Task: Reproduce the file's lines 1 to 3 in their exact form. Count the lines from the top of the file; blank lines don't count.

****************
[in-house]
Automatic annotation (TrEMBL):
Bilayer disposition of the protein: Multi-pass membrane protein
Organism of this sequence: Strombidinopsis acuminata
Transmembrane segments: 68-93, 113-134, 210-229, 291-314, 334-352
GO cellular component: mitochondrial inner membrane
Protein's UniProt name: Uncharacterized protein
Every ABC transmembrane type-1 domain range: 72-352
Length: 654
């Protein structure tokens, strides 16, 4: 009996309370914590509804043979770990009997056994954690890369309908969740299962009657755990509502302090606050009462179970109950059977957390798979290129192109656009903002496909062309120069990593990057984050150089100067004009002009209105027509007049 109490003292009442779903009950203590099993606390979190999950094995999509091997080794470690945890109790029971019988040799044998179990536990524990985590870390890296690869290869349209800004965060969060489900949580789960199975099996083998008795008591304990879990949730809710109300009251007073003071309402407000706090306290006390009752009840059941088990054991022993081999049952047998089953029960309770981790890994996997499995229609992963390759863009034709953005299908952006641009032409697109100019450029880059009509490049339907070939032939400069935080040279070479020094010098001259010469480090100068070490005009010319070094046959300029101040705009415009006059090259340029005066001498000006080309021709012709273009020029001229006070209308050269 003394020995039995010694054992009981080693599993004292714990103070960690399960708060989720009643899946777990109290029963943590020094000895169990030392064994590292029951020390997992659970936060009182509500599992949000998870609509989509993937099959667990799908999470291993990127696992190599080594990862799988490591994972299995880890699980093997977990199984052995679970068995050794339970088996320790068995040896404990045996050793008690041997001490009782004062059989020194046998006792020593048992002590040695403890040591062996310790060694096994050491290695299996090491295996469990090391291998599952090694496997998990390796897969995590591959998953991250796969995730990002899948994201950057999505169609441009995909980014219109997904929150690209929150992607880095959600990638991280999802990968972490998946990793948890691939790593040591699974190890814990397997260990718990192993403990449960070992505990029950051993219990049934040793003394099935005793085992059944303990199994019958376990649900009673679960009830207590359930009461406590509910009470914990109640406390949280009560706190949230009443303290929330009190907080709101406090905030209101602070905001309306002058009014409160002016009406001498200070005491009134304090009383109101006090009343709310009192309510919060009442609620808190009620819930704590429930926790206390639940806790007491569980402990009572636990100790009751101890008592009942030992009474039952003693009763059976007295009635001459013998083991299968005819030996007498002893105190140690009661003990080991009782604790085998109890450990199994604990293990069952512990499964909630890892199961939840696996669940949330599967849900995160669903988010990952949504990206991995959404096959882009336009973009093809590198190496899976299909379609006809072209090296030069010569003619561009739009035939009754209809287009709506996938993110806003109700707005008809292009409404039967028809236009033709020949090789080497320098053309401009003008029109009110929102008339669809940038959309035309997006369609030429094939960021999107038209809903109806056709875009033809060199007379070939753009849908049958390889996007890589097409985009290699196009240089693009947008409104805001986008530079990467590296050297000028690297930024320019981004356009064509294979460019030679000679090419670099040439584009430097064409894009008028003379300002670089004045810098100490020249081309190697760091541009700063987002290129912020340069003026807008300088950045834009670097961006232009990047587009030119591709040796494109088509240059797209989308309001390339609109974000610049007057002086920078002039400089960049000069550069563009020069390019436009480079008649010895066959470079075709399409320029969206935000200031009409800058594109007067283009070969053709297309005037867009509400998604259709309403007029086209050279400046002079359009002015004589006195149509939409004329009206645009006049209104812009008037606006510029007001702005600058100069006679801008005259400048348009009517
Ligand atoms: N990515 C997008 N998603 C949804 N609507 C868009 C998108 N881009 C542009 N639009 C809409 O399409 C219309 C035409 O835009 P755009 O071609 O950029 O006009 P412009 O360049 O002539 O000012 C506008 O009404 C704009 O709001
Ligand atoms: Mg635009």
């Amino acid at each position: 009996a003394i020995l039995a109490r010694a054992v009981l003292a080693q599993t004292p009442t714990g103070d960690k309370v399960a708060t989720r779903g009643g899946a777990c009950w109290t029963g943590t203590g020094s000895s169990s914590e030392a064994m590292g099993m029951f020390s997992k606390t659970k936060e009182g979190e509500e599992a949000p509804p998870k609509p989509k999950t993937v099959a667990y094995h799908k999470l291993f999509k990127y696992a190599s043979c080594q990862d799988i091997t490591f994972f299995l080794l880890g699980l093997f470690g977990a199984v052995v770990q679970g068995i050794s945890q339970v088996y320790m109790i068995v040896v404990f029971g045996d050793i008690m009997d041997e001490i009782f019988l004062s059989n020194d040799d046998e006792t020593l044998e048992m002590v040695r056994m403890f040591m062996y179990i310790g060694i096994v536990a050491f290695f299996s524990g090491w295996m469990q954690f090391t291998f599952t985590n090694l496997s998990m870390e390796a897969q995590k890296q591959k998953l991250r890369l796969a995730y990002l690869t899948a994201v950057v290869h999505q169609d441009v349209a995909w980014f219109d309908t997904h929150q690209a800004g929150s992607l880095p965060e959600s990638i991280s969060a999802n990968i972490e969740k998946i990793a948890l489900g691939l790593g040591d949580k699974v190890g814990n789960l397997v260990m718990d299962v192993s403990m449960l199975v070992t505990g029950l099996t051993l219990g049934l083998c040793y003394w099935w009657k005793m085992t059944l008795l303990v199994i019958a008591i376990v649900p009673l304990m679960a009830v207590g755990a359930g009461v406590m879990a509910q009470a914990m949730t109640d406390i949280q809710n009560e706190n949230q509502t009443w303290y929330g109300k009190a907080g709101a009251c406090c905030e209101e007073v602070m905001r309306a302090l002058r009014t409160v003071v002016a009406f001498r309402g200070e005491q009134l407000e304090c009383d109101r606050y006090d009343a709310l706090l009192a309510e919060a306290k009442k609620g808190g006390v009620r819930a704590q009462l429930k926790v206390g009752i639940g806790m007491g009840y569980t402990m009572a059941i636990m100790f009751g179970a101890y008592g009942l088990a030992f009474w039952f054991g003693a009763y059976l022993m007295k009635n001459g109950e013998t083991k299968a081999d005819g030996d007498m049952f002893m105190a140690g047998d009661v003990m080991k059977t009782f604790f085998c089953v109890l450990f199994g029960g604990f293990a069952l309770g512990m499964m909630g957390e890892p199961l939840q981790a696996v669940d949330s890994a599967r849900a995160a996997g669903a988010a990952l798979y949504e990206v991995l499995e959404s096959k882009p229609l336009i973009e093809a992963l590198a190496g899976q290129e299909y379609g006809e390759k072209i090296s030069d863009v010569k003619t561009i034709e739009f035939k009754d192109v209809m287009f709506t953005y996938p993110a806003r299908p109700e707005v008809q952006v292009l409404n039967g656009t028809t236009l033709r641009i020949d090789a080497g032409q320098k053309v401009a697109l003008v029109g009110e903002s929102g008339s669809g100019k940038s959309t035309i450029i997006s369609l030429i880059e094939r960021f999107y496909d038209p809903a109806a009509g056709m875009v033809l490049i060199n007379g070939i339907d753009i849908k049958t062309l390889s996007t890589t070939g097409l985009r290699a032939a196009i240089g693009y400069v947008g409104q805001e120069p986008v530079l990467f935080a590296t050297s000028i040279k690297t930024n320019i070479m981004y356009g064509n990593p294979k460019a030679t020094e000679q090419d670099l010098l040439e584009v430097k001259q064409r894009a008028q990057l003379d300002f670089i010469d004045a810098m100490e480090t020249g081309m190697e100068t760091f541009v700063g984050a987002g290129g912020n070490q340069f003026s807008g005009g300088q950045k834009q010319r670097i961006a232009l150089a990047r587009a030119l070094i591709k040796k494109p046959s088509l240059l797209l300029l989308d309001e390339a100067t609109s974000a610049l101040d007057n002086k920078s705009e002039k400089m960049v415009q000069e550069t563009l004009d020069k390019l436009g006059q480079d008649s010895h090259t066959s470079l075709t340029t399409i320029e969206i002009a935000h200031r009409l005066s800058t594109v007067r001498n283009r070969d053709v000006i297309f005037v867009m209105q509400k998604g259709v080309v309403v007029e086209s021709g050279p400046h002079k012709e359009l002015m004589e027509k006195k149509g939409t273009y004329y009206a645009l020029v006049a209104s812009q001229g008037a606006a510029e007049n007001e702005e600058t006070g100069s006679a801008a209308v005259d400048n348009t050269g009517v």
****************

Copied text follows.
[in-house]
Automatic annotation (TrEMBL):
Bilayer disposition of the protein: Multi-pass membrane protein